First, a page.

Key Point: CDC rate of autism increase matches rate of ultrasound increase.

Note – From the data in Key Point 29, a curve of the rise of number of ultrasounds per US pregnancy can be drawn that shows a pace of 11% more per year from the mid-90s to 2006. In the March 2012 CDC report below, the rise in ASD was 80% for children born in a period where the rise in ultrasounds per pregnancy was 73%.


CDC Estimates 1 in 88 Children in United States Has Been Identified As Having An Autism Spectrum Disorder

March 2012 – The Centers for Disease Control and Prevention estimates that 1 in 88 children in the United States has been identified as having an autism spectrum disorder (ASD), according to a new study released today that looked at data from 14 communities.  Autism spectrum disorders are almost five times more common among boys than girls – with 1 in 54 boys identified and 1 in 252 girls.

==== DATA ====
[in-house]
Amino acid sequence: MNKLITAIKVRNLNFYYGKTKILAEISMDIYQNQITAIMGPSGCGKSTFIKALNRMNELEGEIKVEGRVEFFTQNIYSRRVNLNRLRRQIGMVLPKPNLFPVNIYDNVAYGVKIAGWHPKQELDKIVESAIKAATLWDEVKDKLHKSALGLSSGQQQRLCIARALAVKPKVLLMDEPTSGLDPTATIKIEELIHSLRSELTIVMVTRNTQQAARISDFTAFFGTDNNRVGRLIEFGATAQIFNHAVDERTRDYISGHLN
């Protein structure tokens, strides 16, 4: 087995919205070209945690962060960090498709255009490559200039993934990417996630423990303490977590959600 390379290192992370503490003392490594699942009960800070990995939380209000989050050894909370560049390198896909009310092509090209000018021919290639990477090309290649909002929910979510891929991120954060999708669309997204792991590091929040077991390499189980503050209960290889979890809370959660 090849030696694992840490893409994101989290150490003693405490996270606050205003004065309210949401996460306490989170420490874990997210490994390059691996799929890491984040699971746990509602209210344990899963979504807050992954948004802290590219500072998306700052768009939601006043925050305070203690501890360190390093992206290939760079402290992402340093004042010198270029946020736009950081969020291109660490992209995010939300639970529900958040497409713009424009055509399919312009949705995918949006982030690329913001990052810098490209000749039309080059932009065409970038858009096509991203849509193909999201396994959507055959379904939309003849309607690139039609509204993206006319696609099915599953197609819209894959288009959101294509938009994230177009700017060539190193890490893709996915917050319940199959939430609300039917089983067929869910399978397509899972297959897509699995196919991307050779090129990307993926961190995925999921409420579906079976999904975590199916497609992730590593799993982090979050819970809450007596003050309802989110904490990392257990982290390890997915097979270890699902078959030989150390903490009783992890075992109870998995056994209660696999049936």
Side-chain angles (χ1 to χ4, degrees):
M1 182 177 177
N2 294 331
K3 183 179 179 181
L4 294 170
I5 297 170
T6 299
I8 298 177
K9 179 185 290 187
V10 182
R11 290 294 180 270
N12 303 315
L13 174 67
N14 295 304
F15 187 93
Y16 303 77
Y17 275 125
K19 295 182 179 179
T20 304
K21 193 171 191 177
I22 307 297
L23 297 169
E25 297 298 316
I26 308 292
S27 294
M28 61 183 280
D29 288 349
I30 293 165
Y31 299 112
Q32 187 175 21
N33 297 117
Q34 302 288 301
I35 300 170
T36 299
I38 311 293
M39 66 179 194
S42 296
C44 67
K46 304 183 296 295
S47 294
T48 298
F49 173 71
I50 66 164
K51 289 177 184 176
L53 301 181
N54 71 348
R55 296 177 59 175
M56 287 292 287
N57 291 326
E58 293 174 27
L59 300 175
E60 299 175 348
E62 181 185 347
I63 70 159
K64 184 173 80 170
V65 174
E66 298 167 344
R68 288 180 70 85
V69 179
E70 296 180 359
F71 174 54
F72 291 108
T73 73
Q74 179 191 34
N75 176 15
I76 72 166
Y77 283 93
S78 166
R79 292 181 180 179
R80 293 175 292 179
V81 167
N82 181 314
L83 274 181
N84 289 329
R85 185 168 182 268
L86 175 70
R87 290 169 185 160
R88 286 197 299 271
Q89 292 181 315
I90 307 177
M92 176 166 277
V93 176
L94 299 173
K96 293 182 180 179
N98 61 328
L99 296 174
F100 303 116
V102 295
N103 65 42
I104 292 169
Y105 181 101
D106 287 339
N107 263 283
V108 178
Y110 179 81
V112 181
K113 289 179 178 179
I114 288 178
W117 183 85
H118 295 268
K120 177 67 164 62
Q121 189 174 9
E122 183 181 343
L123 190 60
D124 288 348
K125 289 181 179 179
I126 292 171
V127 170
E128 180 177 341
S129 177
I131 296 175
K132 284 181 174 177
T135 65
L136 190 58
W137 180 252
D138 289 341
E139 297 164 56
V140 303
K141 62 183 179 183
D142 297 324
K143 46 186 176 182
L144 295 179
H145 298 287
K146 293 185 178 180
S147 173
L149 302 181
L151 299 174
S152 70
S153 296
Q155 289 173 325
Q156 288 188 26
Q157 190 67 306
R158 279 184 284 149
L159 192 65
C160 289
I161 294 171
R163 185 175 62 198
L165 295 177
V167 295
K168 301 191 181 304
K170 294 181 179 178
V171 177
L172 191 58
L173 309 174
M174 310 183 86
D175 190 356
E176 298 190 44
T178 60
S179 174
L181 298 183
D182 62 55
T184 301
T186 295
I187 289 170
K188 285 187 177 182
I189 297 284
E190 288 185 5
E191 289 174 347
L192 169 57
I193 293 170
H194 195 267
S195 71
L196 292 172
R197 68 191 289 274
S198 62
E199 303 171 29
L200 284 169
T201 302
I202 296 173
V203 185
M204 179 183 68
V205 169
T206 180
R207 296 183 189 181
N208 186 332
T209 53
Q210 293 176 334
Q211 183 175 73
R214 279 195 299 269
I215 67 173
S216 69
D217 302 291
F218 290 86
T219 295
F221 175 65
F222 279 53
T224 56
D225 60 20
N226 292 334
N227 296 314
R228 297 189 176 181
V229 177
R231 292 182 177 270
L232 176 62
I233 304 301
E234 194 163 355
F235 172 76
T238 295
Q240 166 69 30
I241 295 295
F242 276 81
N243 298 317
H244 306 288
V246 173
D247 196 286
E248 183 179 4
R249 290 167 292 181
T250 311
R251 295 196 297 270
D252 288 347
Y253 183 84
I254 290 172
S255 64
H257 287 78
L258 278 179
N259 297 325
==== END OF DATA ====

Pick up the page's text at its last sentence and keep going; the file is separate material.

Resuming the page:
The number of children identified with ASDs ranged from 1 in 210 children in Alabama to 1 in 47 children in Utah.  The largest increases were among Hispanic and black children.

About 1 in 6 children in the U.S. had a developmental disability in 2006-2008, ranging from mild disabilities such as speech and language impairments to serious developmental disabilities, such as intellectual disabilities, cerebral palsy, and autism.